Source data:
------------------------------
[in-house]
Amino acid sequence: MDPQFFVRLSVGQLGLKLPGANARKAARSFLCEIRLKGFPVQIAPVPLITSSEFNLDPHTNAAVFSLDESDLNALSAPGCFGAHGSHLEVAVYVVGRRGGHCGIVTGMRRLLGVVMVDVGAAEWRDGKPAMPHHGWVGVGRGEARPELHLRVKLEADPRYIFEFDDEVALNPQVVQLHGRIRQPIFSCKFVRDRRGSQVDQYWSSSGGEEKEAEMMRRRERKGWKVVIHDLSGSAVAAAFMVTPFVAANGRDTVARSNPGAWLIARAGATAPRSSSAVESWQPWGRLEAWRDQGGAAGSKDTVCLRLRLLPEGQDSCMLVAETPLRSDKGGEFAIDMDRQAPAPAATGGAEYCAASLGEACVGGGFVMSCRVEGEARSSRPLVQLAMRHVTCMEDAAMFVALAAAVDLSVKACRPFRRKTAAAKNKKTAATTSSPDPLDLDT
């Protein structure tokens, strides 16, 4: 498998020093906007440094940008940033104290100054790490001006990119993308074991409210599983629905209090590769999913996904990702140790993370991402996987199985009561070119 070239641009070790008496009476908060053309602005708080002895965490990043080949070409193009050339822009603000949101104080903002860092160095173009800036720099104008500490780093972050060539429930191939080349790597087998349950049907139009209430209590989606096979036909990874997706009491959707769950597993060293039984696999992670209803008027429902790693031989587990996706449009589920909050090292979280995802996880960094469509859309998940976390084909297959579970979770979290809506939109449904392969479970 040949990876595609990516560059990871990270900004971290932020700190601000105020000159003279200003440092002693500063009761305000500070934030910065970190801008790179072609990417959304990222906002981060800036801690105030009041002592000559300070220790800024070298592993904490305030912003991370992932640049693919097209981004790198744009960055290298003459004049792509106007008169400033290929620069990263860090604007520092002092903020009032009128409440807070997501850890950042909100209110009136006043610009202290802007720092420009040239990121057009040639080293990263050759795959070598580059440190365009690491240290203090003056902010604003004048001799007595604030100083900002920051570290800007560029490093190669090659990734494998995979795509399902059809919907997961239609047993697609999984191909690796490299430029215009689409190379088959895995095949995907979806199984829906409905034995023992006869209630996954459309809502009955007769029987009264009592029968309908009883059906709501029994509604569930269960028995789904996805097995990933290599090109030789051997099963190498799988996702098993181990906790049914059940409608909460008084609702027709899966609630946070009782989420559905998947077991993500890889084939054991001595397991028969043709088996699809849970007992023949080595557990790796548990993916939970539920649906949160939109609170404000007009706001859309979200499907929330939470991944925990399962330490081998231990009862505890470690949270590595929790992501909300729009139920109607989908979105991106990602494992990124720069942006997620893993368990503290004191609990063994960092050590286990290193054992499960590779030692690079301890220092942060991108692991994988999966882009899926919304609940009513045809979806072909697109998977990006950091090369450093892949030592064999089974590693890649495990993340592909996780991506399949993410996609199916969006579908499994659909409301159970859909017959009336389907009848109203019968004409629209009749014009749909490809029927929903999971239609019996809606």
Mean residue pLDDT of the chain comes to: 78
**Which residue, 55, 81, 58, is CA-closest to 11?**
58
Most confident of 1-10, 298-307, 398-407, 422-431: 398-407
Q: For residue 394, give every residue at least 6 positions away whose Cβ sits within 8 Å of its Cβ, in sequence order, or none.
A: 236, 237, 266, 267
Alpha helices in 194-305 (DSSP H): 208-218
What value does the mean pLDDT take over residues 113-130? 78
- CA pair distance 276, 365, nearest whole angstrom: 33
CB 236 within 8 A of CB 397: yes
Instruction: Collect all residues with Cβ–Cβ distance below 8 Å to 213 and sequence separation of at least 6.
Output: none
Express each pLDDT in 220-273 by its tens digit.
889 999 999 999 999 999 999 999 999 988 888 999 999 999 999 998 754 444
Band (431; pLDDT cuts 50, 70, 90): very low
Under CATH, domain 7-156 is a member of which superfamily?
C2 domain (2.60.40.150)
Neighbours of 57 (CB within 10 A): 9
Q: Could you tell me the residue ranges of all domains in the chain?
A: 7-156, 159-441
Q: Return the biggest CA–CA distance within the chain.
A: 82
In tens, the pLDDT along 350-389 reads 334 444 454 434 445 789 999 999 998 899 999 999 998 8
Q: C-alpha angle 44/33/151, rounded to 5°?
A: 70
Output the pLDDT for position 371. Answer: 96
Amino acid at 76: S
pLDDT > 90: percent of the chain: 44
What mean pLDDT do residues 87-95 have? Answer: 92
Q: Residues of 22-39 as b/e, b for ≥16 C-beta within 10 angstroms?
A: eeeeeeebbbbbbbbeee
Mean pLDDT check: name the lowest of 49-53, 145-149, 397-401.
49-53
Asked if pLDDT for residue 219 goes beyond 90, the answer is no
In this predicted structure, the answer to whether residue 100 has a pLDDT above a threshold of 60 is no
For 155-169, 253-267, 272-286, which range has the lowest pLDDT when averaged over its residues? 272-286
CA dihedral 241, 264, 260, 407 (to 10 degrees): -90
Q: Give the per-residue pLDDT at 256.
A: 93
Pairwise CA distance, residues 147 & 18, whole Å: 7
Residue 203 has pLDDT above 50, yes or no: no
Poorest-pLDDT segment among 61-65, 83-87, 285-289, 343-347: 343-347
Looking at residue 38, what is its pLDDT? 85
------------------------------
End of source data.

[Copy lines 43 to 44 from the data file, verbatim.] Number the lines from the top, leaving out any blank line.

Pairwise CA distance, residues 147 & 18, whole Å: 7
Residue 203 has pLDDT above 50, yes or no: no